Strawberry Fields

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“Living is easy with eyes closed, misunderstanding all you see.
It’s getting hard to be someone but it all works out.
It doesn’t matter much to me.

Let me take you down, ’cause I’m going to Strawberry Fields.
Nothing is real and nothing to get hung about.
Strawberry Fields forever.”

History tells us John Lennon was amused when people attempted to “over-interpret” his lyrics.  I found myself pondering them one weekday afternoon walking the strawberry fields with my youngest son.

Have you been strawberry picking midday during the workweek recently?

This type of activity would usually send me into a tailspin, as I would ponder tasks undone and responsibilities neglected.  I’m usually far too caught up in my own “stuff” to break routine.  On this day, however, my son made it clear I had no choice but to drop the self-absorption, if only for a moment.  I must confess that these frequent shifts in my daily routine have helped me see a whole new rhythm to things in general.  I highly recommend it!

Here are a few new insights I’ve learned along the strawberry fields.  I’d love to hear some of yours!

  • As we strive to find balance between societal rules and our inner being, it’s very easy to lose the latter altogether. I was reminded of this when my seven year old tossed and turned one night.  I went to his bedside as he confessed to “struggling with my epilogue” for a book he was working on.  Really?  I was struggling with bed wetting at his age.  I did NOT have anxiety about writers block and epilogue’s.
  • Be “courageous like a second grader”. I learned this the very same night when my son declared, “How do our teachers expect us to write historical fiction.  Don’t they get that we all know nothing about nothing?”  I had no idea kids his age were that aware of their predicament.  My son walks into school day after day with his head swimming in epilogues, standardized tests, school bells, and various other forms of nonsense.  And yet, everyday he faces his predicament of knowing “nothing about nothing” with a sense of curiosity, a smile on his face, and his head held high.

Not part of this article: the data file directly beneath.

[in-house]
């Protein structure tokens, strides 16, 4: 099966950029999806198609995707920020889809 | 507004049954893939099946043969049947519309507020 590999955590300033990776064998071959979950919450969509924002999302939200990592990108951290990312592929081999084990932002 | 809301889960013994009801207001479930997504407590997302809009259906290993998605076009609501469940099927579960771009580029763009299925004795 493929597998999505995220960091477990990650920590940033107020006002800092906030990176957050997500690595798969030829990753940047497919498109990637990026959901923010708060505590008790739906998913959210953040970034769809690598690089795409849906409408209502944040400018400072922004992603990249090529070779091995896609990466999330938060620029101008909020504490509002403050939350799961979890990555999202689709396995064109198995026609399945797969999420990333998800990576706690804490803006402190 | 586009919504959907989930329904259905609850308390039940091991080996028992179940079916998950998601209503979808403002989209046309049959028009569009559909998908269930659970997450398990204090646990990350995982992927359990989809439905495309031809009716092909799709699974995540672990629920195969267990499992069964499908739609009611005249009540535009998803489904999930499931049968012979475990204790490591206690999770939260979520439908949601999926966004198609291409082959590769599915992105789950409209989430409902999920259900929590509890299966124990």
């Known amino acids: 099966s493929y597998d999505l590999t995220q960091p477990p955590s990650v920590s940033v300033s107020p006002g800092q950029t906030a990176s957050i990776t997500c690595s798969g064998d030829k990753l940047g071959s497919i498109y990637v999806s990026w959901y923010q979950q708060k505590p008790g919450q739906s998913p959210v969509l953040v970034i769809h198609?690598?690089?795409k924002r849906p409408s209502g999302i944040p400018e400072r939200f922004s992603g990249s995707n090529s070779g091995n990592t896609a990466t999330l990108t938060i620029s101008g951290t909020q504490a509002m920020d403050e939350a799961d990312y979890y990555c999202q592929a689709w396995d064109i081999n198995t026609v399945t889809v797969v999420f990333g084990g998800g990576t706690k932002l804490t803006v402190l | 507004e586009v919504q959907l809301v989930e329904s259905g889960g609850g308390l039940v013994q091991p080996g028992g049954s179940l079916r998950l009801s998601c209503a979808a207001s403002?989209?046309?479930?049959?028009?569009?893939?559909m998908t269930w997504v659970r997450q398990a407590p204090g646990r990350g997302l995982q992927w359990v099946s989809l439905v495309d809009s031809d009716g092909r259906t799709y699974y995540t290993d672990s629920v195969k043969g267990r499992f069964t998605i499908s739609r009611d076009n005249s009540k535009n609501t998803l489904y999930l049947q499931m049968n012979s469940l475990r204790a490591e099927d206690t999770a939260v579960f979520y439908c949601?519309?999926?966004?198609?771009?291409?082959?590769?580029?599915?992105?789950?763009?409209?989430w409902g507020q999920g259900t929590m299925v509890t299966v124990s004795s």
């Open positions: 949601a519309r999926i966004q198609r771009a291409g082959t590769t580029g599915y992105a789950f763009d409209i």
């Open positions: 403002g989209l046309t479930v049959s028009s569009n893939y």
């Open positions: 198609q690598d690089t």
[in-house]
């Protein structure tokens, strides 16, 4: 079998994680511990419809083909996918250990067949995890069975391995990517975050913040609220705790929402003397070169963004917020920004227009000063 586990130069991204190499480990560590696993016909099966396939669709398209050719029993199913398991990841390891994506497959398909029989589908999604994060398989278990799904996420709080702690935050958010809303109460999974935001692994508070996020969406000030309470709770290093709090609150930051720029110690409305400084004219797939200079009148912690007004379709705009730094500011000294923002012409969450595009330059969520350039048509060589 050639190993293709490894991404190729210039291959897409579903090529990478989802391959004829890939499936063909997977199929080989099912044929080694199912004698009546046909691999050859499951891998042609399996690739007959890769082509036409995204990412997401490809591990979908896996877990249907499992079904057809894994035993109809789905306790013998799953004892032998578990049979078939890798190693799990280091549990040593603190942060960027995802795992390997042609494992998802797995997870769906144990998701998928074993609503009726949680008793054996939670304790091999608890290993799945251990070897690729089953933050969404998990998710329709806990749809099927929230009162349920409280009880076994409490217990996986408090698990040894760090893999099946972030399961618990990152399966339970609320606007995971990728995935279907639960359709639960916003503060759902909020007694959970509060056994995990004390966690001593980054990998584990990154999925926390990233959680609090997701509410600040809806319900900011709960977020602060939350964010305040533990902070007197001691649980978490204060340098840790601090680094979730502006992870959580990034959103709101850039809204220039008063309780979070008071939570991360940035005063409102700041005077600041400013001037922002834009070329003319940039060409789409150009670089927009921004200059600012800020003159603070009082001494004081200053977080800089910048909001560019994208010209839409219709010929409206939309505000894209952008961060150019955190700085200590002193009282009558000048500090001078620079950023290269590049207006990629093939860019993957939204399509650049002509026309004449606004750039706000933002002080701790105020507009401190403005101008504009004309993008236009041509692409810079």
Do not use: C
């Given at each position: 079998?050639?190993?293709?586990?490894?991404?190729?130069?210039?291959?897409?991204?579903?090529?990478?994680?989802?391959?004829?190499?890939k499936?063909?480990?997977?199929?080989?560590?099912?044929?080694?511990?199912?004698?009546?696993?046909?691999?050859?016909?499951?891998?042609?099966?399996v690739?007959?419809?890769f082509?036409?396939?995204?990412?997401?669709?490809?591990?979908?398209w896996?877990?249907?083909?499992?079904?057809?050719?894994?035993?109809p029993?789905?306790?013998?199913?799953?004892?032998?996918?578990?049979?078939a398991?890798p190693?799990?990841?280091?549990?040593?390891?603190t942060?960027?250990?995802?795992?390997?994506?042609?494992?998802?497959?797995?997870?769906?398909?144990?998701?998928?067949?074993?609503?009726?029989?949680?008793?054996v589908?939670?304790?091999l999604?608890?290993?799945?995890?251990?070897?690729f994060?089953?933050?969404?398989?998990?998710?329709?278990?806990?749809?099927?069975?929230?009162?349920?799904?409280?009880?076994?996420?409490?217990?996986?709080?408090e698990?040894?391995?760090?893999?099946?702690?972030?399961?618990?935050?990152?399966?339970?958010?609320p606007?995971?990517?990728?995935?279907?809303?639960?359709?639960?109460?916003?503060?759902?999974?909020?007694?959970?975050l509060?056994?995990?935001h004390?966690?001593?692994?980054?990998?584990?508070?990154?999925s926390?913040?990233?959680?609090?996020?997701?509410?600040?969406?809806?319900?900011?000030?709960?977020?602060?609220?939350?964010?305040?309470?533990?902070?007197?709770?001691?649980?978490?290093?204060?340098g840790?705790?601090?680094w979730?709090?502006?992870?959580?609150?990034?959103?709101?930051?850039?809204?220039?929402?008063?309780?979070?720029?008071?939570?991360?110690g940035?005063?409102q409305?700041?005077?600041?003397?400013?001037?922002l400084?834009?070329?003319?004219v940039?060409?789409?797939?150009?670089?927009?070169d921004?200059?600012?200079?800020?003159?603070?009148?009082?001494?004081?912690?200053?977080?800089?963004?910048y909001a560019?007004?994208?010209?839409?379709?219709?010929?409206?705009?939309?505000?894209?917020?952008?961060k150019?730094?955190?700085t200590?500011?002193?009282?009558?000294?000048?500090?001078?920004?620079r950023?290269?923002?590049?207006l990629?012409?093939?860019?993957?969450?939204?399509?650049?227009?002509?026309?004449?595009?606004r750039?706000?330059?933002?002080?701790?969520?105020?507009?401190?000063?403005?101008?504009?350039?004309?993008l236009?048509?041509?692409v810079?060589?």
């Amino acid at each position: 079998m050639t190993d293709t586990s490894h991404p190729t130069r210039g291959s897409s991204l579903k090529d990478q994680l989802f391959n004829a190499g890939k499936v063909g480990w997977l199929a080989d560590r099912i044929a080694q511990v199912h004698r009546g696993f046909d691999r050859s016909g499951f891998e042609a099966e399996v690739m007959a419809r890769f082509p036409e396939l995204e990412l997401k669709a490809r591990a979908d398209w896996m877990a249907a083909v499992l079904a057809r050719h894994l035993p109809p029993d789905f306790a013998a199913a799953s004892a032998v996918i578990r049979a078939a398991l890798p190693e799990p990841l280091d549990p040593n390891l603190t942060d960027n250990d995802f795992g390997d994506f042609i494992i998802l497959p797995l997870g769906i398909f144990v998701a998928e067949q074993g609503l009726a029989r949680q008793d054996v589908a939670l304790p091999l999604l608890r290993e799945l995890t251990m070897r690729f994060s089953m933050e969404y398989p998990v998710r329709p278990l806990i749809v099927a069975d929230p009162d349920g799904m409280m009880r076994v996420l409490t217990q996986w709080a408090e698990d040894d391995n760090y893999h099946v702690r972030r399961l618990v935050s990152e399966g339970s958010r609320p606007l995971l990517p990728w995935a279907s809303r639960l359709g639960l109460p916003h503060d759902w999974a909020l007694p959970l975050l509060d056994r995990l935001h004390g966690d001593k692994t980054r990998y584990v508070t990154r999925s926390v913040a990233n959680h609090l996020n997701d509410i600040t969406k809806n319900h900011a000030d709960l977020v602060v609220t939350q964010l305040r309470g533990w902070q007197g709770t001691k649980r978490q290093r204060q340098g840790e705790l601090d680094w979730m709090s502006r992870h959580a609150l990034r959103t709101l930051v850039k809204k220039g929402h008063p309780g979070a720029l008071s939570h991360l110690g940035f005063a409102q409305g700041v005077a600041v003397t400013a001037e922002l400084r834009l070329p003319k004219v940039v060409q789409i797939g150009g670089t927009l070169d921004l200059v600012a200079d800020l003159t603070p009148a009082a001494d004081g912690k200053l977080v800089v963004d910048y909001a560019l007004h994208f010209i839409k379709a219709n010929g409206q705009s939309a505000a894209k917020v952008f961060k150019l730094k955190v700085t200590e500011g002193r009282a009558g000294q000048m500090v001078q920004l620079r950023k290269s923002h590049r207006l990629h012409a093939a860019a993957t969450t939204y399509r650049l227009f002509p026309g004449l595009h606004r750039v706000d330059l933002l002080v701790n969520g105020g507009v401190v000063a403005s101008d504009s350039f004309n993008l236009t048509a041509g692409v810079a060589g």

• Avoid the Battle Cry of Adulthood. Try something different!  You may stumble upon a truer path, something that really speaks to you.  I know what I usually say to that kind of statement. “I can’t just listen to that voice inside me.  It’s not practical.” Rumi would tell you, “…Chase a deer and end up everywhere!”
  • Just Say NO! My three-year old son still finds himself connected to that greater whole everyone talks about.  All his peers have an infectious glow to them.  Lately, however, he’s had “problems with authority”.  His preschool teachers tell us he has had to spend time in “time-out” for telling his teachers NO.  As in NO I’m not doing that, and NO that doesn’t feel right to me.  That part of his being is still out there for everyone to see, and in all honesty…I love it.

Celebrate the “off-beat” and unpredictable moments.  They may be just what you need to come to greater knowing.



  1. Dan Franz  April 26, 2011

    Such a great story David, and one I can definitely relate to!

    Leaving the “corporate world” and carving out my own path in private practice has allowed for so many more opportunities for “off-beat” moments with my family, and for myself.

    I have been to more field trips, more “awards days”, more 1st, 2nd, and 3rd grade parties, and coached more little soccer games in the past 3 years than I EVER would have been able to be a part of in the past! Not to mention all the healthy and fun things I get to carve out of my schedule when I want or need to.

    There is something amazing about following your own path – it’s never easy, but it sure is worth it.

    Thanks for reminding me just one more time!

  2. Katherine Levine  April 26, 2011